Join the conversation.  What’s your experience of the search for truth in physics or in faith? 

Copyright 2011 Stephanie Walker All rights reserved.  Visit www.AcrossTraditions.com.

Coming to Belief in God

Are you ever asked what you believe and why?  Do you ask yourself?  Most of what we believe is based on evidence.  Belief that the sun will rise tomorrow is based on the evidence of experience.  Belief that a friend will keep her word might be based on the evidence of experience with the friend specifically or with people in general.  If I think of faith as belief without evidence, I could say I have faith that my friend will keep her word despite evidence to the contrary.  Furthermore, we all believe some things we can’t prove.  

Some people come to belief in God through a dramatic or miraculous experience.  I once worked with a man who described being an agnostic and hopeless drug addict for many years before Jesus appeared to him and cured his addiction in a single encounter.  It was a memorable testimony of healing and life change.  Many people, especially young people struggling with their faith, yearn for a dramatic sign.  They want decisive evidence on which to predicate belief in God.  Some get it.  Most of us don’t. 

Most of us come to belief in God through a process akin to the scientific method.  The body of modern scientific knowledge has been built using a method of assuming hypotheses, testing them, gathering evidence and concluding whether the evidence supports the hypotheses.  If contrary or inconsistent evidence is observed, then a hypothesis needs adjustment.  We can find God this way, too.  

If a leap of faith isn’t within reach, formulate a hypothesis and make observations.  If you are beginning to explore spirituality, assume God exists and is good.  If you have a robust spiritual life already, focus on some question of faith burning inside you at present.  For example, you might assume God has laid down an abundance of grace that is enough to heal you completely for all time if only you reach out and lay a hand upon it.  Or you might assume that there is meaning in suffering and although it pains God, who is infinitely vulnerable to us, he uses all the loose and frayed ends in our lives even when the meaning of our suffering lies beyond our human ability to perceive or to comprehend.  Treat this hypothesis as a tentative or provisional belief.  Live your life and observe evidence that supports or contradicts the assumption.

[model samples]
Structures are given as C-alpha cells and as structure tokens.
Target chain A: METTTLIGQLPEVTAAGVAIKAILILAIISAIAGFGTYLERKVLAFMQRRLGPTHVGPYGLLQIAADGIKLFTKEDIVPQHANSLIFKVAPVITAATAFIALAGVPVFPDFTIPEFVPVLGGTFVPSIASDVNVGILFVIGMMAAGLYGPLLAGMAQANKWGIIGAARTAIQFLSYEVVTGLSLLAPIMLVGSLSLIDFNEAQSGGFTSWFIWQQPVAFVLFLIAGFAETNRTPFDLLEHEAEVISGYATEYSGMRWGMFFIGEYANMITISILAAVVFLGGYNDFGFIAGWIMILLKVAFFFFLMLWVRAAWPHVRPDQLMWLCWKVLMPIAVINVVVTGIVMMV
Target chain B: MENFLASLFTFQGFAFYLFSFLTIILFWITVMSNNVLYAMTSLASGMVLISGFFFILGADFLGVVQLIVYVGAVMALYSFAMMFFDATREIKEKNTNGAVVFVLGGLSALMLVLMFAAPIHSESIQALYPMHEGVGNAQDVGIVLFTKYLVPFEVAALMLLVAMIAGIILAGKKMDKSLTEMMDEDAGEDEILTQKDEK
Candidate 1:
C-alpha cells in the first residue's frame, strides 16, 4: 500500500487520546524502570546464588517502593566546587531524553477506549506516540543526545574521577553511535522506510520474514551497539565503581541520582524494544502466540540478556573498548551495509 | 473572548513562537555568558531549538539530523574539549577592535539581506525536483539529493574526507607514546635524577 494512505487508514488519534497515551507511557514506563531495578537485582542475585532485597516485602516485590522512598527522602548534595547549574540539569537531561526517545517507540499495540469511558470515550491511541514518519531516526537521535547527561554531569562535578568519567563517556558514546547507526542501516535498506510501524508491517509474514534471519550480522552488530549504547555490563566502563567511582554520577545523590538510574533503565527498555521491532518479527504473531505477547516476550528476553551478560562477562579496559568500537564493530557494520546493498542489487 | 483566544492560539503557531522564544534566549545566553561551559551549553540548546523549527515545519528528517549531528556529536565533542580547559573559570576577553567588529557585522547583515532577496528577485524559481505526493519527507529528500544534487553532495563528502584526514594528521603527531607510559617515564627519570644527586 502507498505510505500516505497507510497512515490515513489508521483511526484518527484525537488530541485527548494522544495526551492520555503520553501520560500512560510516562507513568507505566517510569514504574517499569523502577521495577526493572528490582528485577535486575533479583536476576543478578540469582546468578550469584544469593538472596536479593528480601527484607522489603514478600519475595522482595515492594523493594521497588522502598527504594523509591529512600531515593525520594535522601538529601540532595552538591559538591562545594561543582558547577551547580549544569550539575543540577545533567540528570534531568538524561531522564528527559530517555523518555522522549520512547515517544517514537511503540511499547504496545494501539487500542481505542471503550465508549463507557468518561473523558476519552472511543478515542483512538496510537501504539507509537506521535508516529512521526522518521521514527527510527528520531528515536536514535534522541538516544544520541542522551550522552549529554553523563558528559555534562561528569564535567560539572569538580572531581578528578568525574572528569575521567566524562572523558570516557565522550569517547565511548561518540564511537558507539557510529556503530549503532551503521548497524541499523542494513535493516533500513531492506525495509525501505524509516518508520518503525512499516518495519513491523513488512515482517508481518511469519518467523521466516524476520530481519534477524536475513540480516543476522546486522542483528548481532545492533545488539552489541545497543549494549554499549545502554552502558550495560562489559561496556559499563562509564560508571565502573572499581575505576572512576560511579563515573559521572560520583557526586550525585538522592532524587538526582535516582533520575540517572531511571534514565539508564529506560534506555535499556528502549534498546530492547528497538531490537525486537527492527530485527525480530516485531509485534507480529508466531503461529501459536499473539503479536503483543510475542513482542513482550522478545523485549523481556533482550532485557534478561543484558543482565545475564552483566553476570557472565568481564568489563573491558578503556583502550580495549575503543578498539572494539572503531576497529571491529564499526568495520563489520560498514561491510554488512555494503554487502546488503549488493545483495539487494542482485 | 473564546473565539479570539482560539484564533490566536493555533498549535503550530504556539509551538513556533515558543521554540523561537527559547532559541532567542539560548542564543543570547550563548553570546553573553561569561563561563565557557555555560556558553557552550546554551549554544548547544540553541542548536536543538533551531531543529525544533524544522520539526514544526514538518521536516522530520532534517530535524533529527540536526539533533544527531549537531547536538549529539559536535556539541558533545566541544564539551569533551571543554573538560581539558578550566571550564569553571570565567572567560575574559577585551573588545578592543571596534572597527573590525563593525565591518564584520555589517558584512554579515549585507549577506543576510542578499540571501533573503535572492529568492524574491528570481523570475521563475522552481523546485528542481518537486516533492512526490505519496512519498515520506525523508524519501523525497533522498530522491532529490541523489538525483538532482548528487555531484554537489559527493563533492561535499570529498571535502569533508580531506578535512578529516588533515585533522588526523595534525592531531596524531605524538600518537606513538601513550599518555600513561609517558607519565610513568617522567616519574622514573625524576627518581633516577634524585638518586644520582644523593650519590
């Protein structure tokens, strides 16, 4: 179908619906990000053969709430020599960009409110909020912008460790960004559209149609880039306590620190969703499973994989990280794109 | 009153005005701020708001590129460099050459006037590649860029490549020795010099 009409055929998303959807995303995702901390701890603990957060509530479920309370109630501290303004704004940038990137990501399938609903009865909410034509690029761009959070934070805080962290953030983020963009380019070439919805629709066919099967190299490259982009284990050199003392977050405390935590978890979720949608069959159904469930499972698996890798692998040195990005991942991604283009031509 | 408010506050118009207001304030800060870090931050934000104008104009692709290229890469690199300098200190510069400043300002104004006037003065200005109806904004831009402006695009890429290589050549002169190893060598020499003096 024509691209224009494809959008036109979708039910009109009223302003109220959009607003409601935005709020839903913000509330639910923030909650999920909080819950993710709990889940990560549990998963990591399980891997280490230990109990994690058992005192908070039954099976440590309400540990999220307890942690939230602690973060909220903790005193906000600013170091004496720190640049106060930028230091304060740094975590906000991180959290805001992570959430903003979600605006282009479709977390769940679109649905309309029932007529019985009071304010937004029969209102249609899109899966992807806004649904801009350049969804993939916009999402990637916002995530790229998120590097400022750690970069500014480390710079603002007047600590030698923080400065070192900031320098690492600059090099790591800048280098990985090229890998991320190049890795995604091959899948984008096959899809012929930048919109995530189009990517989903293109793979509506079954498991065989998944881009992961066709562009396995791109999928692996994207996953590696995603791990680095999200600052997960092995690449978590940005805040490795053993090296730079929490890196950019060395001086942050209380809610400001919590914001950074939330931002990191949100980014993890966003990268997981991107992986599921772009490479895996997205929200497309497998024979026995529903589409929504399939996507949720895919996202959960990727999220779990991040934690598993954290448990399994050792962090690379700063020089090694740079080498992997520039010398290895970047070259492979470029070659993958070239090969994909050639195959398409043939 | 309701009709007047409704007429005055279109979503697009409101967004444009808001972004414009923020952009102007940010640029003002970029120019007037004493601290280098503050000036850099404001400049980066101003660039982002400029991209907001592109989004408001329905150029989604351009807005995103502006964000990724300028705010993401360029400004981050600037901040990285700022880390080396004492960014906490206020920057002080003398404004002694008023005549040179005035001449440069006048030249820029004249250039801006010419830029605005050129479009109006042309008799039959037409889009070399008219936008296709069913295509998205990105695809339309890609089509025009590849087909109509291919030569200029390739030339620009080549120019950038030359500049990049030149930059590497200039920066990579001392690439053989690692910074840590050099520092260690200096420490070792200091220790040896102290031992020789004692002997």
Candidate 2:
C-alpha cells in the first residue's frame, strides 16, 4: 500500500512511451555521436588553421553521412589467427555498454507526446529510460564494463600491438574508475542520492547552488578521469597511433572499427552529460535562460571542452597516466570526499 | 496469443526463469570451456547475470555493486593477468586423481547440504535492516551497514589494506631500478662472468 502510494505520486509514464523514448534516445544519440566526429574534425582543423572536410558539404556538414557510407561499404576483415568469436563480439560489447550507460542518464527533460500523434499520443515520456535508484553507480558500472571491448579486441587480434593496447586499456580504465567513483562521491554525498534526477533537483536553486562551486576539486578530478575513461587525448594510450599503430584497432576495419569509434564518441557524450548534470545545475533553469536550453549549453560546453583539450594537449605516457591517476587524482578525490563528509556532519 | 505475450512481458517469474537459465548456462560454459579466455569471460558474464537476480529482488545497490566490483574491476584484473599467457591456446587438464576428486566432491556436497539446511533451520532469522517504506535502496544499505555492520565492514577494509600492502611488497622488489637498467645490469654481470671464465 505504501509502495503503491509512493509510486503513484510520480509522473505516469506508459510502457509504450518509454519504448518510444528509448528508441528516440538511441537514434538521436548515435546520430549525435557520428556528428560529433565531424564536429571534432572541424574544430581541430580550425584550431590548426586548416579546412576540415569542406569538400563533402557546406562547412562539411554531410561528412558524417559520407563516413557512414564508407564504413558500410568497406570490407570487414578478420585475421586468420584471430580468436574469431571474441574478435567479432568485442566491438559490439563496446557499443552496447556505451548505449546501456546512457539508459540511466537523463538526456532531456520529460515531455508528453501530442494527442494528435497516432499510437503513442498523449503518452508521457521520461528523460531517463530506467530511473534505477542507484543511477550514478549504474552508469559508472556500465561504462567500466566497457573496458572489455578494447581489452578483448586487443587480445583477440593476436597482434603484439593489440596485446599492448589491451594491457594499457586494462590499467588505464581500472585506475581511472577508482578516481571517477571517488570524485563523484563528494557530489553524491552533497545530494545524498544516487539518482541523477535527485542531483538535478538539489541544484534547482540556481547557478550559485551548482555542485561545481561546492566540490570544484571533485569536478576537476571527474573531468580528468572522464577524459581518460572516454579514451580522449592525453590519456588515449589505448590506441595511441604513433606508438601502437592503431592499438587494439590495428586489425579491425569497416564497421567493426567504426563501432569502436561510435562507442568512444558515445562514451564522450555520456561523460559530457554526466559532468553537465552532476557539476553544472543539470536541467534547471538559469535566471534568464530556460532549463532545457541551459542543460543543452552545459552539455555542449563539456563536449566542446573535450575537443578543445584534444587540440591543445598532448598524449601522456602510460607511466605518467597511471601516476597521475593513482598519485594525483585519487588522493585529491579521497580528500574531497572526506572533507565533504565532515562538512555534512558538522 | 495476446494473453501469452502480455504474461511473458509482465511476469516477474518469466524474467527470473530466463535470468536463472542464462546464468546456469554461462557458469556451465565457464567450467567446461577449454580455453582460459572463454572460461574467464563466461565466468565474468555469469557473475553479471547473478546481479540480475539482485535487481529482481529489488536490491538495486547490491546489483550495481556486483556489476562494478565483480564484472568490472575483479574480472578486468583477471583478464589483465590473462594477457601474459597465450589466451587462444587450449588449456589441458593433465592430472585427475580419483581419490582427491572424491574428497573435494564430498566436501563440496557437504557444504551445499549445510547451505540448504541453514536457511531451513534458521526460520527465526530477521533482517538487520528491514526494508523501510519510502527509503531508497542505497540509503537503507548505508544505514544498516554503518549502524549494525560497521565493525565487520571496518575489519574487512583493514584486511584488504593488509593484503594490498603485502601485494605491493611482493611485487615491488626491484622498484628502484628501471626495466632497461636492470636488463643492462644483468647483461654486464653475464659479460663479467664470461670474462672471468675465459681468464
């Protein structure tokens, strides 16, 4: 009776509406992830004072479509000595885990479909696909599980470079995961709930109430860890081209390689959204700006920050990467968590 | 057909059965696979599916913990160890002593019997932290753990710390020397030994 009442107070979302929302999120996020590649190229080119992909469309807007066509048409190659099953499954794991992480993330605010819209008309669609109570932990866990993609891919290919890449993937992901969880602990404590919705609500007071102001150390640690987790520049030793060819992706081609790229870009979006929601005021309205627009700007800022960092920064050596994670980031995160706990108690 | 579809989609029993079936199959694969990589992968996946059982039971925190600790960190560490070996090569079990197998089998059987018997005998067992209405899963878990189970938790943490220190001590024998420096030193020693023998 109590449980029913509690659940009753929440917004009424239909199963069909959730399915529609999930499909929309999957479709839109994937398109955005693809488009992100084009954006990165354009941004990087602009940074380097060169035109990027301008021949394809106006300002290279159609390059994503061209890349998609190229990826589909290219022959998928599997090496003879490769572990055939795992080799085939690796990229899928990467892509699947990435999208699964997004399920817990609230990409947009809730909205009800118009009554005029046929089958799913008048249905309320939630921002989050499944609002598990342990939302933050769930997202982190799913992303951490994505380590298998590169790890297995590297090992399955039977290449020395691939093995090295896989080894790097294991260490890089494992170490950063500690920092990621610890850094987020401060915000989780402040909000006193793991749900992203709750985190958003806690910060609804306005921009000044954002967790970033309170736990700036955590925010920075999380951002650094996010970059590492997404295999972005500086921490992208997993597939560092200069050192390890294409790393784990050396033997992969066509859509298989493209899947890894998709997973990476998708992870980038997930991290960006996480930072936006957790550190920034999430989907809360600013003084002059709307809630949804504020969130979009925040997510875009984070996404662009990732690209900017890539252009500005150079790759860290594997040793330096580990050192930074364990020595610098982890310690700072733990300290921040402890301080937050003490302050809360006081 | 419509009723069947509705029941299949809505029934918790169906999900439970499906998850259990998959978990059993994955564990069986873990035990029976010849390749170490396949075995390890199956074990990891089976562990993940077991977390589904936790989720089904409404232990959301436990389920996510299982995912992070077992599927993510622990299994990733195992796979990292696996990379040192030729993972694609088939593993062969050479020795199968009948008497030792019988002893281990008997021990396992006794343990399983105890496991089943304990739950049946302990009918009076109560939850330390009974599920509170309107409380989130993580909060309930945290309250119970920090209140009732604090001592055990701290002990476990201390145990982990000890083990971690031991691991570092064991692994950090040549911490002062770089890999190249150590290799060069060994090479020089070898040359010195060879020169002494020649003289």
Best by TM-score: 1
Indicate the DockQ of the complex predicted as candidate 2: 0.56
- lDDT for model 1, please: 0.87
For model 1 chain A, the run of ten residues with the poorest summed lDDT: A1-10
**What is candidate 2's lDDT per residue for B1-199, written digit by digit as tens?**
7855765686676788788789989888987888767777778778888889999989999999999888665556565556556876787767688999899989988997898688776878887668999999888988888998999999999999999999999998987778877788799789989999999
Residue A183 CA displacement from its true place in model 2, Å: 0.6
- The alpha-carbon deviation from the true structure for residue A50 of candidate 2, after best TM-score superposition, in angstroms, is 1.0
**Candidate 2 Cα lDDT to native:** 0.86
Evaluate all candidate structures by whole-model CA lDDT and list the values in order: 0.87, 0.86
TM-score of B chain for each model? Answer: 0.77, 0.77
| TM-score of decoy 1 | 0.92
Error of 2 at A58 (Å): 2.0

When something in life trips you up, as is inevitable for us all, examine your choices and actions within the framework of your belief.  Do the actions and reactions make sense?  Can you understand the forces at work?  If it doesn’t add up, reevaluate what you believe in light of new experience.  In the absence of inconsistencies or contrary evidence, you might get comfortable with the hypothesis and assume yet another building on it.  Here, your state of belief might be partially evidence-based (a long run of experience without contrary evidence) and partially faith-based (you may desire more evidence).  Don’t conceptualize God’s nature based on what you want to be true.  Rather, develop your powers of observation.  If you seek spiritual growth, give God your provisional trust and give the experiment time to yield evidence. 

Join the conversation.  What do you believe that you can’t prove?

Copyright 2011 Stephanie Walker All rights reserved.  Visit www.AcrossTraditions.com.